Case Control: a type of epidemiologic study that compares individuals who have a disease or outcome of interest (cases) with those who do not (controls). Researchers look retrospectively to evaluate how frequently exposure to a risk factor/agent is present in each group to identify the relationship between the risk factor and the disease or outcome of interest. Example: Risk factors for alcohol dependence: A case-control study

Cross-Sectional: a type of epidemiologic study that observes the relationship between a characteristic/risk factor (the exposure) and the prevalence of the disease or outcome of interest in a specific population at a single point in time. Example: Alcohol involvement in aggression between intimate partners in New Zealand: a national cross-sectional study

Case Series: a summary of a small group of individuals' experience with a similar disease or outcome of interest. Example: Alcohol use in chronic fatigue syndrome

Case Reports: a summary of one individual's experience with the disease or outcome of interest. Example: Acute coronary ischemia during alcohol withdrawal: a case report

Ideas, editorials, opinions: put forth by experts in the field Example: Alcohol brewing and the African tuberculosis epidemic

Animal Research Studies: studies conducted using animal subjects. Example: Renal effects of alcohol withdrawal in five-week alcohol-treated rats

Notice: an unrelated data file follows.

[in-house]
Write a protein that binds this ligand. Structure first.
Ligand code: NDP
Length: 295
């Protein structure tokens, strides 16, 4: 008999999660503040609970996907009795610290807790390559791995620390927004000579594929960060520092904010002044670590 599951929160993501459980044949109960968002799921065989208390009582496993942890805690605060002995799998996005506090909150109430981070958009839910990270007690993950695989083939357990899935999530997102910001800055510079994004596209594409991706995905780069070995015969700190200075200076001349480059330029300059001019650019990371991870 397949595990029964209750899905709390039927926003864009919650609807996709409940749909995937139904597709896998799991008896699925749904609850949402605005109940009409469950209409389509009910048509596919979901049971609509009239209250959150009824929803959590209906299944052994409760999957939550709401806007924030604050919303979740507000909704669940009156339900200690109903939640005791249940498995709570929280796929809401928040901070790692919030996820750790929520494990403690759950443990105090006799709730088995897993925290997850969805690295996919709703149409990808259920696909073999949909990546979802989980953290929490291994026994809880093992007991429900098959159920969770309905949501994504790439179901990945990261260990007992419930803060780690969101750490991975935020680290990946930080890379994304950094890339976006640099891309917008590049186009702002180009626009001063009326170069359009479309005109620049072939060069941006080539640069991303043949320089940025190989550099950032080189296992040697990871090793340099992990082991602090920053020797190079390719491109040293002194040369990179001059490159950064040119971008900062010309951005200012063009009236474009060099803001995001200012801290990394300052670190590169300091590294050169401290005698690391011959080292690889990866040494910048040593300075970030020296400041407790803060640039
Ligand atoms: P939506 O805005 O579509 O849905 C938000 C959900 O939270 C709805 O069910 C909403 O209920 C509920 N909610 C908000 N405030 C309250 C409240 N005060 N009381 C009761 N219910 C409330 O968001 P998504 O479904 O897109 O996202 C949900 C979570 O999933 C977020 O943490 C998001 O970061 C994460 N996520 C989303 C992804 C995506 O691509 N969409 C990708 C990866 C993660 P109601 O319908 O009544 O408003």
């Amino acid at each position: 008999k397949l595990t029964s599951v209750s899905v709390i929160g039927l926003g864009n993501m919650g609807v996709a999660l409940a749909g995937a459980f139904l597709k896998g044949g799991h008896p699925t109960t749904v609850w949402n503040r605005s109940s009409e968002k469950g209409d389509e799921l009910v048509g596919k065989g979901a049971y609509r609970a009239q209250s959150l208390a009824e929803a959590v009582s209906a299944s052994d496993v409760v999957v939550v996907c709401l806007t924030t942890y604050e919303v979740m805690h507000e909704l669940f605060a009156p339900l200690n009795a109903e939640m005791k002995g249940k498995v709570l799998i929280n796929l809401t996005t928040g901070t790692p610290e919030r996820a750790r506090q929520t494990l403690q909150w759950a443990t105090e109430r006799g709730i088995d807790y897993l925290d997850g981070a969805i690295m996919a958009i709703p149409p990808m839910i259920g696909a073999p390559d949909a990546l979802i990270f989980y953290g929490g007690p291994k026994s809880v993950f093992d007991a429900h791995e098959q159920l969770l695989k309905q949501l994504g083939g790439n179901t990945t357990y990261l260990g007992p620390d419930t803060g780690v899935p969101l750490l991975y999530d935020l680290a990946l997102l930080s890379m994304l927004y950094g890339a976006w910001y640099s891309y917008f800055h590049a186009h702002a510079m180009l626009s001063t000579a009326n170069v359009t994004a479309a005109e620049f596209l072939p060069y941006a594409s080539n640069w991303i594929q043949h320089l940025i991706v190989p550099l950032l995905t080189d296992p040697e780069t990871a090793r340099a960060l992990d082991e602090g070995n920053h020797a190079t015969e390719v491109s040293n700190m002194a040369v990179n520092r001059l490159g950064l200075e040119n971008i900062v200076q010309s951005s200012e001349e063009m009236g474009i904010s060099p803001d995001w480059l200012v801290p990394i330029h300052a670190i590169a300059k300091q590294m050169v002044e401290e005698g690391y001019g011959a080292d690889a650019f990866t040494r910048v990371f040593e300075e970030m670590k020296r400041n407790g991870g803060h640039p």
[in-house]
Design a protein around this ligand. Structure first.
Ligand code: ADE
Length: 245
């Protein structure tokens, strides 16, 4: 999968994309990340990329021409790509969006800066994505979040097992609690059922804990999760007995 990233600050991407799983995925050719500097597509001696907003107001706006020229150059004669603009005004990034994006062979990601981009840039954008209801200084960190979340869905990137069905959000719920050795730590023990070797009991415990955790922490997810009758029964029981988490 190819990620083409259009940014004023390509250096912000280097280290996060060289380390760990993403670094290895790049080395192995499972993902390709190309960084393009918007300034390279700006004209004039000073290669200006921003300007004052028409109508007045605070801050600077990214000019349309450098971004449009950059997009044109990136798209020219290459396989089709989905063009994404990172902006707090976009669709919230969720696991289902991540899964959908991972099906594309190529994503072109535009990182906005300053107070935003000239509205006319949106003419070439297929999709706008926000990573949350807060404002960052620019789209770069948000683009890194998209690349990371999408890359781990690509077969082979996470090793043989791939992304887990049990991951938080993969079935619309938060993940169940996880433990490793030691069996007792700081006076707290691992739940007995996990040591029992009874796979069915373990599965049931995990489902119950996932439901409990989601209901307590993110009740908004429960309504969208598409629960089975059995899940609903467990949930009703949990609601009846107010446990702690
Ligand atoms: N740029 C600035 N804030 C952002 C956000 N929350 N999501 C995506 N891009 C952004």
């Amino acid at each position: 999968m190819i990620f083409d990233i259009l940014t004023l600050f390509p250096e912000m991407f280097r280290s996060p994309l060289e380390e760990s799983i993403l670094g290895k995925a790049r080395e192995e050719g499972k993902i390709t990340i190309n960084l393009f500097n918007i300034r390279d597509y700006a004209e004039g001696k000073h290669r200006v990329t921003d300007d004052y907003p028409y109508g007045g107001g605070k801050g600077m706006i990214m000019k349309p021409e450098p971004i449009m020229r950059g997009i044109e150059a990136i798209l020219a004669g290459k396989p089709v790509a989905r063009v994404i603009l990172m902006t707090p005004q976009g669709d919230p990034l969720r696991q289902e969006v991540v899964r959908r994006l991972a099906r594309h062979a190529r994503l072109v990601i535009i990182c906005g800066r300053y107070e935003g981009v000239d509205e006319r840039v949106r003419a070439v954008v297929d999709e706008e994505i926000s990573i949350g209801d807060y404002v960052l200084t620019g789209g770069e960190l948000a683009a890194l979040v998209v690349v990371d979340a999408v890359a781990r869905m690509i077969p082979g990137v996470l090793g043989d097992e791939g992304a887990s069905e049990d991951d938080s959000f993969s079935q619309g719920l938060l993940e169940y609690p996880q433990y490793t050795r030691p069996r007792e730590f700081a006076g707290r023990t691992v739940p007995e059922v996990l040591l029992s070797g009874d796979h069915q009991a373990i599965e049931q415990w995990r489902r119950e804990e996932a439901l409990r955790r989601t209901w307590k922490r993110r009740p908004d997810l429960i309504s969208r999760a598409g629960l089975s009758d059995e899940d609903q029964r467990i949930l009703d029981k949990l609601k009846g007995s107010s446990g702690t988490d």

Test-tube lab research: "test tube" experiments conducted in a controlled laboratory setting

PICO Model

Breaking up your question into these 4 elements (which you can easily remember with the mnmeonic device PICO) will make your literature search process easier:

Patient, population, or problem
  • Description of the patient, population and/or the target disorder of interest
  • What are the most important characteristics of the patient?
  • How would you describe a group of patients similar to yours?
  • What is the disorder and condition of interest?
Intervention
  • Which intervention, prognostic factor, diagnostic tool, or exposure are you considering?

Comparison intervention

  • What alternative do you want to compare with the intervention?
  • Examples: standard of care, reference standard, Placebo

Outcome

  • What outcome you hope to accomplish or measure?

EBM Practice Guide from Duke University

Search Filters

SIGN Search Filters

Information Specialists' Sub-Group Search Filter Resource

University of Alberta Libguide Search Filters

EPPI Centre Methods for Conducting Systematic Reviews